The Transformative Approach to Mediation, Conflict Resolution Training and Education
In 1994, the publication of the book The Promise of Mediation, by Robert A. Baruch Bush and Joseph P. Folger, served as a catalyst for new ways to think about the practice of mediation, which included the understanding that there are different models of mediation and approaches to conflict resolution.
In 2002, the Community Dispute Resolution Center (CDRC) adopted the transformative model for mediation, training, and education. In this model, conflict is described as a crisis in human interaction and is based on a relational worldview, meaning we exist in relation to others. Two beliefs that inform the Center’s work are;
- People want to and are able to be autonomous while at the same time in connection to others.
- Conflict weakens our desire and ability to do so.
And so it is that CDRC’s services offer people in conflict opportunities for getting clearer and more decisive and becoming more open and responsive to the other’s perspective. In other words, people can shift to a greater level of understanding both of themselves and of others.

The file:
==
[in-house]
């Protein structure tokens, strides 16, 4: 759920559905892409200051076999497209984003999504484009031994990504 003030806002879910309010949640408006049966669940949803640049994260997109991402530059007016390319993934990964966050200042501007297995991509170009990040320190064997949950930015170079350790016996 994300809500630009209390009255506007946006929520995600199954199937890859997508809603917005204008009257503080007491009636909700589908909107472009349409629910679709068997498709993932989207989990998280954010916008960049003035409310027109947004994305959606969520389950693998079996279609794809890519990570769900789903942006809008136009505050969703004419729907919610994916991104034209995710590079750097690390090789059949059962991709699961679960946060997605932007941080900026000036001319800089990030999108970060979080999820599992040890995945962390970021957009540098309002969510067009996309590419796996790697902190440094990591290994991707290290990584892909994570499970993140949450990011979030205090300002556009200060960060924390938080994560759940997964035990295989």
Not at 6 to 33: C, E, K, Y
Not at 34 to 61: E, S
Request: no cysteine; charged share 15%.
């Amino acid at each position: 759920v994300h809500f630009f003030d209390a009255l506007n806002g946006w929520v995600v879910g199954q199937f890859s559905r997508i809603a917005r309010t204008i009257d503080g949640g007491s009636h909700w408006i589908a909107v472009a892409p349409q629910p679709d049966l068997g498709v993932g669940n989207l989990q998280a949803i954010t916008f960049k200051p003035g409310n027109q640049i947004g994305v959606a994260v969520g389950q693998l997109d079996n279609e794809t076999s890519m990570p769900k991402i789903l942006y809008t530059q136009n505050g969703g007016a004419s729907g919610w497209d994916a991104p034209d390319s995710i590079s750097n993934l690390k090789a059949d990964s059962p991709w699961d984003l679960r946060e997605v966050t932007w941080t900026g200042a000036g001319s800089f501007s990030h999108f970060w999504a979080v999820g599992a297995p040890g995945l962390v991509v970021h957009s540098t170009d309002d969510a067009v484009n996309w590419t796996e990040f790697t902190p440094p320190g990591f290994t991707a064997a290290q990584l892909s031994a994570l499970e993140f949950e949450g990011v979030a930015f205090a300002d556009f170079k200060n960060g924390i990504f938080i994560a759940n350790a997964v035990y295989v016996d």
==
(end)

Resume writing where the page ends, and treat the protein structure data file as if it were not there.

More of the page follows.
As a result of these shifts and new insights, people will often make decisions that include settlement. In addition to settlements and agreements, people make decisions that result in many other positive outcomes. It is a transformative mediator’s goal to help them make those decisions based on their conversation and what is important to them. In other words; this is your process to shape and use as you see fit.
For more information about the transformative model visit the Institute for the Study of Conflict Transformation.